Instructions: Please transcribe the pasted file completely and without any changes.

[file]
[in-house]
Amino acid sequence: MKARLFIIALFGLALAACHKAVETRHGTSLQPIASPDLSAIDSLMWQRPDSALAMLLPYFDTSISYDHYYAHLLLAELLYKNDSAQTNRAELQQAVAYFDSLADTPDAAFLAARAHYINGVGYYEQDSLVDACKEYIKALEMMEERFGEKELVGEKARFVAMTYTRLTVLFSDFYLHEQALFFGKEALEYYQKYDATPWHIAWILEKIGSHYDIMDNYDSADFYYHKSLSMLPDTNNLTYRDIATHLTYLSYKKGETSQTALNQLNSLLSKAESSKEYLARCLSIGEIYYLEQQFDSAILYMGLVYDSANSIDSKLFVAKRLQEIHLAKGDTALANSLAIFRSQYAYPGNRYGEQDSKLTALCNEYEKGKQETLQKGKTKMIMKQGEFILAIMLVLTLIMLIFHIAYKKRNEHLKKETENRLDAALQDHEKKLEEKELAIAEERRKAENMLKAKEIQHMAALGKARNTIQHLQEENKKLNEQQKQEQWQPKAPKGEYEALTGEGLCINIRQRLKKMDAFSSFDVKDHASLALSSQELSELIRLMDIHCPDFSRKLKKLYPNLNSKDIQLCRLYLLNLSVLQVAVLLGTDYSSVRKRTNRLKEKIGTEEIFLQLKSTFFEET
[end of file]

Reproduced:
[in-house]
Amino acid sequence: MKARLFIIALFGLALAACHKAVETRHGTSLQPIASPDLSAIDSLMWQRPDSALAMLLPYFDTSISYDHYYAHLLLAELLYKNDSAQTNRAELQQAVAYFDSLADTPDAAFLAARAHYINGVGYYEQDSLVDACKEYIKALEMMEERFGEKELVGEKARFVAMTYTRLTVLFSDFYLHEQALFFGKEALEYYQKYDATPWHIAWILEKIGSHYDIMDNYDSADFYYHKSLSMLPDTNNLTYRDIATHLTYLSYKKGETSQTALNQLNSLLSKAESSKEYLARCLSIGEIYYLEQQFDSAILYMGLVYDSANSIDSKLFVAKRLQEIHLAKGDTALANSLAIFRSQYAYPGNRYGEQDSKLTALCNEYEKGKQETLQKGKTKMIMKQGEFILAIMLVLTLIMLIFHIAYKKRNEHLKKETENRLDAALQDHEKKLEEKELAIAEERRKAENMLKAKEIQHMAALGKARNTIQHLQEENKKLNEQQKQEQWQPKAPKGEYEALTGEGLCINIRQRLKKMDAFSSFDVKDHASLALSSQELSELIRLMDIHCPDFSRKLKKLYPNLNSKDIQLCRLYLLNLSVLQVAVLLGTDYSSVRKRTNRLKEKIGTEEIFLQLKSTFFEET